Despite some large daily swings, stocks roughly traced a V shape in the quarter, declining through the middle of February and then rising for the remainder of the period. Further global monetary easing and a rebound in oil prices led to gains in the second half of the quarter, which more than compensated for earlier losses for the mid- and large-cap benchmarks. Smaller shares recorded losses overall, but small-cap value shares handily outpaced their growth counterparts and recorded a modest gain.
The Small-Cap Value Fund returned 3.17% in the quarter compared with 1.70% for the Russell 2000 Value Index and 1.52% for the Lipper Small-Cap Core Funds Index. For the 12 months ended March 31, 2016, the fund returned −2.78% versus −7.72% for the Russell 2000 Value Index and −6.28% for the Lipper Small-Cap Core Funds Index. The fund's average annual total returns were −2.78%, 7.26%, and 5.78% for the 1-, 5-, and 10-year periods, respectively, as of March 31, 2016. The fund's expense ratio was 0.92% as of its fiscal year ended December 31, 2015.
For up-to-date standardized total returns, including the most recent month-end performance, please click on the Performance tab, above.
Current performance may be lower or higher than the quoted past performance, which cannot guarantee future results.
Share price, principal value, and return will vary and you may have a gain or loss when you sell your shares.
The Small-Cap Value Fund charges a 1%
redemption fee on shares held 90 days or less.
The performance information shown does not reflect the deduction of the redemption fee;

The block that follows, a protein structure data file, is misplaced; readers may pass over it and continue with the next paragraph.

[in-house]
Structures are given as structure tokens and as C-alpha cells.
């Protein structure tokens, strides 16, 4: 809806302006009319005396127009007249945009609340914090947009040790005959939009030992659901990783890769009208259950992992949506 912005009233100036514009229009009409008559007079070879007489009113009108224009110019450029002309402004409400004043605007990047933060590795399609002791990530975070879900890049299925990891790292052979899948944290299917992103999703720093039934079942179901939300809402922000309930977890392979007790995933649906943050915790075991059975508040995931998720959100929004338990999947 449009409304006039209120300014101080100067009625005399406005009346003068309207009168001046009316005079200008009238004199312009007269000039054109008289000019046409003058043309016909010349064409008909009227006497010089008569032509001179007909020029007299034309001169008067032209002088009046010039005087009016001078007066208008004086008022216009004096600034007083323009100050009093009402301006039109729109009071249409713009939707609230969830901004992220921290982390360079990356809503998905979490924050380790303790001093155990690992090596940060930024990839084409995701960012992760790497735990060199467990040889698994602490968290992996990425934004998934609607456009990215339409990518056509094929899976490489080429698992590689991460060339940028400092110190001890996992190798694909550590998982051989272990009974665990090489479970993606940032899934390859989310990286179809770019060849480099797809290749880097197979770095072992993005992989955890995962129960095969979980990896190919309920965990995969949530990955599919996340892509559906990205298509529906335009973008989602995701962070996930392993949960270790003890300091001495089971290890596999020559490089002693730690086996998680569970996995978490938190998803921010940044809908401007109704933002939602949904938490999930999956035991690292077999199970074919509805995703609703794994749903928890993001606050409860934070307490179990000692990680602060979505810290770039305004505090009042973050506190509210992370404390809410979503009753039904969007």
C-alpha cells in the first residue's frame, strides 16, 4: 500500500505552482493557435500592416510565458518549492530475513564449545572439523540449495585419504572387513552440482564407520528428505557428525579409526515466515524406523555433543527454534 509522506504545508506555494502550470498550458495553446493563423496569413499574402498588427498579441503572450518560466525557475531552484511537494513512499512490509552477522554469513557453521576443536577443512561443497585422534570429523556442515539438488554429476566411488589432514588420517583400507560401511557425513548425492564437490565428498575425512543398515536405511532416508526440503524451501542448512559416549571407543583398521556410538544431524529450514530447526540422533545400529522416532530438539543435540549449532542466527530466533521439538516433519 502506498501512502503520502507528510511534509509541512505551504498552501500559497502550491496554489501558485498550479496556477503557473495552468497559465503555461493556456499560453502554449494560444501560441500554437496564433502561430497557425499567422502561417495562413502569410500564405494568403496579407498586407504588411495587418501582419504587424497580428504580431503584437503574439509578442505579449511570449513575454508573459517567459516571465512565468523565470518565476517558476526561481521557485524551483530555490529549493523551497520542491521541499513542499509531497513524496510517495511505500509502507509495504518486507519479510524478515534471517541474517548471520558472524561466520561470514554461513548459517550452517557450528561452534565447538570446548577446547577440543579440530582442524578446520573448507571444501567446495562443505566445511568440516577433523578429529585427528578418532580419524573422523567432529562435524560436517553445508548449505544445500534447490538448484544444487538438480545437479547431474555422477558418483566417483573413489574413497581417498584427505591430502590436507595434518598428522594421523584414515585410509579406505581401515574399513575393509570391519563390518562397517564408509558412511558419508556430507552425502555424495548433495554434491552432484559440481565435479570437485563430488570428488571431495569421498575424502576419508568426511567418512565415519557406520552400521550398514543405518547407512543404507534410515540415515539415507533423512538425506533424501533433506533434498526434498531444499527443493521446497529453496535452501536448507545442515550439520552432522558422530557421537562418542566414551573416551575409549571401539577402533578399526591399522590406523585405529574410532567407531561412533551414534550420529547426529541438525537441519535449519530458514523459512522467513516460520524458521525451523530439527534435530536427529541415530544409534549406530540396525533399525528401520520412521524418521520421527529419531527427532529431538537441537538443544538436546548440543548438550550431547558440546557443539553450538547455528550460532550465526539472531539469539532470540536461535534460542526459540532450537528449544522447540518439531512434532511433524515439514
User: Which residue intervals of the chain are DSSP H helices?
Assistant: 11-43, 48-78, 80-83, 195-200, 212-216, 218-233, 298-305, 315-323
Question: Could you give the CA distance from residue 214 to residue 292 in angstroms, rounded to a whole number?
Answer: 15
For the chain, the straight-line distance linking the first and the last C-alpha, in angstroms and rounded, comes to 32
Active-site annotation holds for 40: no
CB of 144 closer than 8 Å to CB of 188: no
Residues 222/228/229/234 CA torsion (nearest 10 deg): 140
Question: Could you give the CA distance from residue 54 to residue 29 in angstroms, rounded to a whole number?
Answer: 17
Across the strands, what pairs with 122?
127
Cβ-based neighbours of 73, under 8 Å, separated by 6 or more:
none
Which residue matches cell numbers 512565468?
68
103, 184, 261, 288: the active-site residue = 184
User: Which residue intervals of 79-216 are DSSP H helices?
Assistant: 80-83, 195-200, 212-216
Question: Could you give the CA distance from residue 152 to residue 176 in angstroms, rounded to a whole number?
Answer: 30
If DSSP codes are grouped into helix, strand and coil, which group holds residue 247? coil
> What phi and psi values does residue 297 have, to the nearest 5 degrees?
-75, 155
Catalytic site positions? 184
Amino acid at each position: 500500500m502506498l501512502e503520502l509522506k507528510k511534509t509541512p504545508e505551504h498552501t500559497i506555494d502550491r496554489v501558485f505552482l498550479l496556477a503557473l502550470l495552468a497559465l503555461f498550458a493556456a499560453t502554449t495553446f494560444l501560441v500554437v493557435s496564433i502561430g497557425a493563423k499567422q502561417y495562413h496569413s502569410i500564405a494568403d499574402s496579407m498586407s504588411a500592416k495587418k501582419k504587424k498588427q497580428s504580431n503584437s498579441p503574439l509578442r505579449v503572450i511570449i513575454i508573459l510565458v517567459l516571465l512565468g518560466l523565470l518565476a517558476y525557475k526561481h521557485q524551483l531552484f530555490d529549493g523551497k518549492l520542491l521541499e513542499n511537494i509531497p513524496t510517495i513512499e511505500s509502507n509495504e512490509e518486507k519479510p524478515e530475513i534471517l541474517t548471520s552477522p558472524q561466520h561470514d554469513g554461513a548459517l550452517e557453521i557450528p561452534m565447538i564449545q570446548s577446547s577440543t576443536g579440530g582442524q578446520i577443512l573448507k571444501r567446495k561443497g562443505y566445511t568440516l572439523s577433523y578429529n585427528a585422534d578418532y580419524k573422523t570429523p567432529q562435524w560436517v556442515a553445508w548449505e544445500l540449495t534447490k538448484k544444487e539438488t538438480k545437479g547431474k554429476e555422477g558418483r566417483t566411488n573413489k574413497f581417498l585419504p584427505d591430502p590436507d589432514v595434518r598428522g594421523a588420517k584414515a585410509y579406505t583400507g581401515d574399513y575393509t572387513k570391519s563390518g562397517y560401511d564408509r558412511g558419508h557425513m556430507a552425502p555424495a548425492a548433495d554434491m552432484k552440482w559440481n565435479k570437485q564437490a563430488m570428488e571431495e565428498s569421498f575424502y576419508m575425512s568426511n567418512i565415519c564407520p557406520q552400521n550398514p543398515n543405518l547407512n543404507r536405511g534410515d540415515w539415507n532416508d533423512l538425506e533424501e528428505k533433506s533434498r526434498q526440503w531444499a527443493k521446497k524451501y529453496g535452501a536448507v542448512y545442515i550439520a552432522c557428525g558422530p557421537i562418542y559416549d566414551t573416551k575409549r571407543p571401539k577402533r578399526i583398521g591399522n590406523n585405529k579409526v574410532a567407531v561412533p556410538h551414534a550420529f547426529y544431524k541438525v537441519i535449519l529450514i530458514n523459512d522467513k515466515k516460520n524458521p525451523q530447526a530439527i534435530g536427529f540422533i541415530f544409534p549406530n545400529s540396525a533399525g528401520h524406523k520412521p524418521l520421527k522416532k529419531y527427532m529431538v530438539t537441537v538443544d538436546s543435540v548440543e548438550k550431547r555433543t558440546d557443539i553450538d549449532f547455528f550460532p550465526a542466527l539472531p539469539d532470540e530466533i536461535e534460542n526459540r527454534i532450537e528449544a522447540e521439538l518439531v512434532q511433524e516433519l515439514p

if it did, the performance would be lower.
The portfolio saw strong results from its utilities holdings, as investors sought out the sector's dividend yields, which became more attractive as long-term bond yields declined and expectations for interest rates increases moderated. The financials sector, which forms a significant part of the portfolio but an even larger share of the benchmark, detracted as low interest rates weighed on bank shares. Reflecting our general approach, most of the portfolio's outperformance during the quarter came from individual stock selection rather than large sector bets.
The Federal Reserve and other central banks continue to push back against the deflationary forces in the global economy, and the market's direction in the coming months seems likely to be determined by the outcome of their struggle. The steep drop in global markets in late 2015 and early 2016 after an incremental rate increase from the Fed indicated the significant downward pressures still at work, and a further increase this spring or summer may send stocks lower again. We do not attempt to time such market swings, however, and we believe that diversified investors can find stock-specific opportunities in almost all market environments. Small-cap stocks struggled especially in the market's pullback in early 2016 and have lagged year-to-date. While we would not be surprised to see the pattern of small-cap underperformance continue in the coming months, we believe the asset class still holds potential for patient investors to find mispriced and misunderstood companies with long-term potential.